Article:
Sad Saturday

Dixie Lewis, daughter of noted author Michael Lewis (whom I consider to be a friend), died in an automobile accident a couple of days ago. She was 19.

What can we say at a time like this? This passage from Saul Bellow might fit:


“We have a word for everything except for what we really think and feel.”


In more sad news, regular Disaffected Musings reader and commenter Dirty Dingus McGee is in the hospital. I will spare you the details although if you are a thorough reader of the comments you will know some of the particulars.

Get well soon, DDM!


On this day in 1946 the first production Kaiser and Frazer automobiles came off the Willow Run line. From this wonderful article on Ate Up With Motor:


“The first cars were shipped to dealers on June 22; all were registered as 1947 models. Despite Kaiser and Frazer’s earlier talk of inexpensive small cars, neither model was anything close to a low-priced economy car. The Kaiser Special started at $1,868, nearly $700 more than the cheapest 1947 Chevrolet. The Frazer, meanwhile, started at $2,053, over $100 more than an eight-cylinder Buick Special. Both Kaiser-Frazer products rode well, were reasonably economical, and had nicely trimmed interiors, but they were in no way exceptional.”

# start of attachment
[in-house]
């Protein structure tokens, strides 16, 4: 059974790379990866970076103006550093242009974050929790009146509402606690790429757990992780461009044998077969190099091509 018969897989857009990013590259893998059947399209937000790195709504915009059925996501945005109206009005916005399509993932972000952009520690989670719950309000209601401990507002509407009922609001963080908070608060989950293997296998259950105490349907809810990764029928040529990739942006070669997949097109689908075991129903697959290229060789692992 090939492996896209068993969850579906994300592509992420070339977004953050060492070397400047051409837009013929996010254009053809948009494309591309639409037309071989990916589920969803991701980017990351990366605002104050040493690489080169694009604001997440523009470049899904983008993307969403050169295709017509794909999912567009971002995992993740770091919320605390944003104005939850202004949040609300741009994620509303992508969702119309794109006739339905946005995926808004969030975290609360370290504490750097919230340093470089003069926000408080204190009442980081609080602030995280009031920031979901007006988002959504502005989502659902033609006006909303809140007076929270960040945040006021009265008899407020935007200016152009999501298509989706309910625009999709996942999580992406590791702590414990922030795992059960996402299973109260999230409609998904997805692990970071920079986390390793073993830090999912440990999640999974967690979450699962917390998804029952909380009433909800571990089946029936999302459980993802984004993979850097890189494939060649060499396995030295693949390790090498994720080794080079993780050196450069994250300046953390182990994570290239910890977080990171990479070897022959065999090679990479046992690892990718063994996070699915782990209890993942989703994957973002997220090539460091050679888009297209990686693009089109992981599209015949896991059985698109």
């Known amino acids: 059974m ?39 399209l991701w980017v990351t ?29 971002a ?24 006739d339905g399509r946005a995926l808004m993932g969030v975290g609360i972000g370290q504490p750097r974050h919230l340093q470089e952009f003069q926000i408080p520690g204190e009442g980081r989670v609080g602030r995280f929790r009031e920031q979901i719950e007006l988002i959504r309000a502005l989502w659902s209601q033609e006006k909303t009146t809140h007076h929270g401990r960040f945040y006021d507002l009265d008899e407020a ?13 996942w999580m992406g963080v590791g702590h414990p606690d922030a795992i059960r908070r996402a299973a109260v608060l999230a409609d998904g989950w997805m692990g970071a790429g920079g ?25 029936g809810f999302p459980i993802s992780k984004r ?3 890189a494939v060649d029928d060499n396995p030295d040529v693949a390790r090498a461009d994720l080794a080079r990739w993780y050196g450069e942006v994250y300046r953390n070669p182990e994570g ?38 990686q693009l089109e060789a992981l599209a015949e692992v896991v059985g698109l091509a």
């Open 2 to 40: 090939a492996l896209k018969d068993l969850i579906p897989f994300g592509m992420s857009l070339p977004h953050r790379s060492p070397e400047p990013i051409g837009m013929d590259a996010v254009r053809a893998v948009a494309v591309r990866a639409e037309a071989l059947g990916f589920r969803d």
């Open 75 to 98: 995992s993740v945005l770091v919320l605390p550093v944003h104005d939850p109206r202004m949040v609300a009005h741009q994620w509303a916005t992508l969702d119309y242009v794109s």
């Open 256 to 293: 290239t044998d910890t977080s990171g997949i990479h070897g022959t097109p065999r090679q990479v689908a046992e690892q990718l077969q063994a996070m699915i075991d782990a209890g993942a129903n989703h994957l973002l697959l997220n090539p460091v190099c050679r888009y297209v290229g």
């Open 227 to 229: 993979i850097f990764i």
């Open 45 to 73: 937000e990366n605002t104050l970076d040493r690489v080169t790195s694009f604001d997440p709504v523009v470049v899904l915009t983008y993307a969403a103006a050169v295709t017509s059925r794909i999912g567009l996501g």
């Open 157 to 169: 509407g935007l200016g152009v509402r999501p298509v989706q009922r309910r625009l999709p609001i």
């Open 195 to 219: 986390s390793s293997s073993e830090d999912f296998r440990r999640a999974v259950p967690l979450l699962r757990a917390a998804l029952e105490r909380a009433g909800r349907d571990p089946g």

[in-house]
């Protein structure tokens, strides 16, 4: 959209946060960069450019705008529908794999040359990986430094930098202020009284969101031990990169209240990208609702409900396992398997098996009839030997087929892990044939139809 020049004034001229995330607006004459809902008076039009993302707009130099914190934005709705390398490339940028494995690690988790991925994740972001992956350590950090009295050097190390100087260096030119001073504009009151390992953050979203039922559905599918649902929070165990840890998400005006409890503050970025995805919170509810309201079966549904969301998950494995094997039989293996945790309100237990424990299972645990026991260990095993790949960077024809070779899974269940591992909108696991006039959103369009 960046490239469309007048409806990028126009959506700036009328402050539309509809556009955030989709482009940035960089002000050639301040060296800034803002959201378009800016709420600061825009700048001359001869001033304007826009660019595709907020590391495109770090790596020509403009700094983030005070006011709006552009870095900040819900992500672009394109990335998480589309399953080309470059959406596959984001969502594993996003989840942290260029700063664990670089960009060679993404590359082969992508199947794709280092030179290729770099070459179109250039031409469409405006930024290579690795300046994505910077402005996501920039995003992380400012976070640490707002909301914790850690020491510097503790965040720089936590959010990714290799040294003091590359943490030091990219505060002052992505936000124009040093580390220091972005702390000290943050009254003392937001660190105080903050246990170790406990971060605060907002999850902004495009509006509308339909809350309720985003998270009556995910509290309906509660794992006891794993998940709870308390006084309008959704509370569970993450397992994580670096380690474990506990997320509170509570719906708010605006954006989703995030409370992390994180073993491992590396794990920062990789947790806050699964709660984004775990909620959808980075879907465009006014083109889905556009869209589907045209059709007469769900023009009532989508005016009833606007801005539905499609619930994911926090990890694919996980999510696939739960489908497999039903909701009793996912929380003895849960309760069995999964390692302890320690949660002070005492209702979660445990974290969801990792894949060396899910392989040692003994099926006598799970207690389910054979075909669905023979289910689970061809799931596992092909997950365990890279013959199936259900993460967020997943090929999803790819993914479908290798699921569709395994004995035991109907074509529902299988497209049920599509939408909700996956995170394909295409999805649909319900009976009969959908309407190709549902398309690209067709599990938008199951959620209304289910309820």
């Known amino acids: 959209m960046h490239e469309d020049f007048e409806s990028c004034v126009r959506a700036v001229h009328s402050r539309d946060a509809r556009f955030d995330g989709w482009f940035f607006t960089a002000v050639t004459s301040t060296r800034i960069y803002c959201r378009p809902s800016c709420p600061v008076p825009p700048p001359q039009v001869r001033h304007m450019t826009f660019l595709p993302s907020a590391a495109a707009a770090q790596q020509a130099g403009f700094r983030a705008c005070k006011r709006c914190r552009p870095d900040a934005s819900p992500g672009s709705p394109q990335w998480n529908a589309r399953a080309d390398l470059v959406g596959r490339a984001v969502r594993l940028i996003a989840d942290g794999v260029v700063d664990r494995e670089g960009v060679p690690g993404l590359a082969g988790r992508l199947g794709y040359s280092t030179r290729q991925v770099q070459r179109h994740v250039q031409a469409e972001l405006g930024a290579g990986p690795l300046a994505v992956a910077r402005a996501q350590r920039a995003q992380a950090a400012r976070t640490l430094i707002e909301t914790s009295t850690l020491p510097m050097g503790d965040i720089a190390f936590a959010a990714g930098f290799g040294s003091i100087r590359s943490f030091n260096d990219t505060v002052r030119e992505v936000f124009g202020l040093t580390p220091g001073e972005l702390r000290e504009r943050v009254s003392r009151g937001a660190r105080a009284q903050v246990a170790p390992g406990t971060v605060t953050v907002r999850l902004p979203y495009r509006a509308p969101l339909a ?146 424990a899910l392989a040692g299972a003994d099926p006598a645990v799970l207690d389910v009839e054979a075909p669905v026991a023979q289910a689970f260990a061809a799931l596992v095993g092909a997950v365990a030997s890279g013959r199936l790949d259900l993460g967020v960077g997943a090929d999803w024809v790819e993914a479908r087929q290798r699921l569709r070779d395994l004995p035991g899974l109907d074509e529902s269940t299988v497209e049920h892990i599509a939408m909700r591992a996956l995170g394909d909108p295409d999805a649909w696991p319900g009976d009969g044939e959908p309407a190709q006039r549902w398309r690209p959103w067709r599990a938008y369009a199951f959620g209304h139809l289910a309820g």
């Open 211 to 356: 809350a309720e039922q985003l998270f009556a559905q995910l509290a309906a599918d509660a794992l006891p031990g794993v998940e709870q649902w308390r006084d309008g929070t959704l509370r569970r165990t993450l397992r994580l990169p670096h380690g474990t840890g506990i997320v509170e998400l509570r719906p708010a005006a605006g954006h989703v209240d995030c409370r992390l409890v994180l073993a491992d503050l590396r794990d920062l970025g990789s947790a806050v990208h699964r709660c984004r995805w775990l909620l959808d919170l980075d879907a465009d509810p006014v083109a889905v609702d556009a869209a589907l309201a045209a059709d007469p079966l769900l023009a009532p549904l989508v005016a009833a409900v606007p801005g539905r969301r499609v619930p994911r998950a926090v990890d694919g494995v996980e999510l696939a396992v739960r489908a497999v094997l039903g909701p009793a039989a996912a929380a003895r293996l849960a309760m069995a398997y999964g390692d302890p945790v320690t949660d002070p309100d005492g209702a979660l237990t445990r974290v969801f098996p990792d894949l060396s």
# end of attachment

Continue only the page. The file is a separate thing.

From Classic a picture of a 1947 Kaiser, I think:

Kaiser-Frazer had some success until the Big Three introduced new post-war cars for model years 1948 and 1949. In 1948, Kaiser-Frazer sold about 140,000 cars. By 1952, Kaiser sales (the Frazer make was discontinued after 1951) had declined to around 32,000.